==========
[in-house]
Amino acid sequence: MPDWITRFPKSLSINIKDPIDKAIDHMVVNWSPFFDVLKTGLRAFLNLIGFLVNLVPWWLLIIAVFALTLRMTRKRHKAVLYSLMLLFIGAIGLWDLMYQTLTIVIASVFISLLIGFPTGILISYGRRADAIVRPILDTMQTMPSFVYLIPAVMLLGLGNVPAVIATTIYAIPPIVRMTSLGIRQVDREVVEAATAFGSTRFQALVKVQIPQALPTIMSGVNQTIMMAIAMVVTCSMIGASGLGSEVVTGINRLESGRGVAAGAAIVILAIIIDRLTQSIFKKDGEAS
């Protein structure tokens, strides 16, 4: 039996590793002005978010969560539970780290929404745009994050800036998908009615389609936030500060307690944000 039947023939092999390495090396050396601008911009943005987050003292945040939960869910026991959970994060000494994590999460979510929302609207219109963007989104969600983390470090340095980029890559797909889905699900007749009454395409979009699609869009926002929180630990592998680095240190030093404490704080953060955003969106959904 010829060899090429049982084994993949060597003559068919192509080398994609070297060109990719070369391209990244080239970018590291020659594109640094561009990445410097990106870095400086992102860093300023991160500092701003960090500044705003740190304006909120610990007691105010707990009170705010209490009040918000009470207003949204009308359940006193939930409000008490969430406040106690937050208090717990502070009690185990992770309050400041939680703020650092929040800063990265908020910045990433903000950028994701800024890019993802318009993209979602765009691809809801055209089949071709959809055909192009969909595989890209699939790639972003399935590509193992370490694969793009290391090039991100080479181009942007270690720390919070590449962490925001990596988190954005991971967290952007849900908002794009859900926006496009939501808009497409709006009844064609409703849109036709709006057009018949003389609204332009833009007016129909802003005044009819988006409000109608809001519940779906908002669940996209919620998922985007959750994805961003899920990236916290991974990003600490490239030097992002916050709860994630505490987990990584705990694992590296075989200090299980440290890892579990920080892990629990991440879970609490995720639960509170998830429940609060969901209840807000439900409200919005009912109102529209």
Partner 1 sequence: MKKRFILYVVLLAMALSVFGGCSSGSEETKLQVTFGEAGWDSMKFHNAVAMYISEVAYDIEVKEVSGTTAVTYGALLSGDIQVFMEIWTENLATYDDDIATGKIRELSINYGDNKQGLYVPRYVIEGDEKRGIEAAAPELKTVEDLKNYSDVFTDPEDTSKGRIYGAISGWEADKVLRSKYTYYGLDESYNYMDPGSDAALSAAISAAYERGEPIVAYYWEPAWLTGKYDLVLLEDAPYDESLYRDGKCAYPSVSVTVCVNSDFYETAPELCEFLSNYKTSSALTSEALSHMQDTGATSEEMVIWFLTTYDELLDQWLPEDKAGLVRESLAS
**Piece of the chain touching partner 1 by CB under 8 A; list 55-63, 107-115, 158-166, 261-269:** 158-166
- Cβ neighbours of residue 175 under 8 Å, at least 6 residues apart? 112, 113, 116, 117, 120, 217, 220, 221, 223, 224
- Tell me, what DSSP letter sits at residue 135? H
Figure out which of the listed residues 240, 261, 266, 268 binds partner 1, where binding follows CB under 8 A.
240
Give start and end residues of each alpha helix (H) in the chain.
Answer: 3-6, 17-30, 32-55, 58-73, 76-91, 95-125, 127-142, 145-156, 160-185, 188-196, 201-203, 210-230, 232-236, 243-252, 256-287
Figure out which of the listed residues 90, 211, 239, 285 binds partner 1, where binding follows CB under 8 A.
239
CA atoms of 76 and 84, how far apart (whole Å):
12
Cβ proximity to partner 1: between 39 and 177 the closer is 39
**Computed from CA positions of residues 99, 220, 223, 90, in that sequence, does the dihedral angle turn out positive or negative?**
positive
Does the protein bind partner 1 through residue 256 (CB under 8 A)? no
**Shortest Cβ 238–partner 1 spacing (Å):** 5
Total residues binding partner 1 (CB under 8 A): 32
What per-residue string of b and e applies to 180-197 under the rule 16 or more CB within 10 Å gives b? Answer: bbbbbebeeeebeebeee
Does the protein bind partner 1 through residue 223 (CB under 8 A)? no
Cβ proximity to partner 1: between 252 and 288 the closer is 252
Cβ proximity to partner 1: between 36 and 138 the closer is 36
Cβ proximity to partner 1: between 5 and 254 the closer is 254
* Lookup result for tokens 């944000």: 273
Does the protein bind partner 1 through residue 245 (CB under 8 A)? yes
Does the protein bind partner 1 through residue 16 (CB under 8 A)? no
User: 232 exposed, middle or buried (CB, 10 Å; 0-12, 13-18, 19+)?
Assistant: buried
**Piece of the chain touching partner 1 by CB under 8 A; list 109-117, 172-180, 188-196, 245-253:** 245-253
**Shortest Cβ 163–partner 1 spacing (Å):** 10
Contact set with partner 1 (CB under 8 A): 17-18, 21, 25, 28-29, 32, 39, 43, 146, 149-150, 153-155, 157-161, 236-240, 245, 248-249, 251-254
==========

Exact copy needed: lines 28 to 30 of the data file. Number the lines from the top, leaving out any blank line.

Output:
Does the protein bind partner 1 through residue 245 (CB under 8 A)? yes
Does the protein bind partner 1 through residue 16 (CB under 8 A)? no
User: 232 exposed, middle or buried (CB, 10 Å; 0-12, 13-18, 19+)?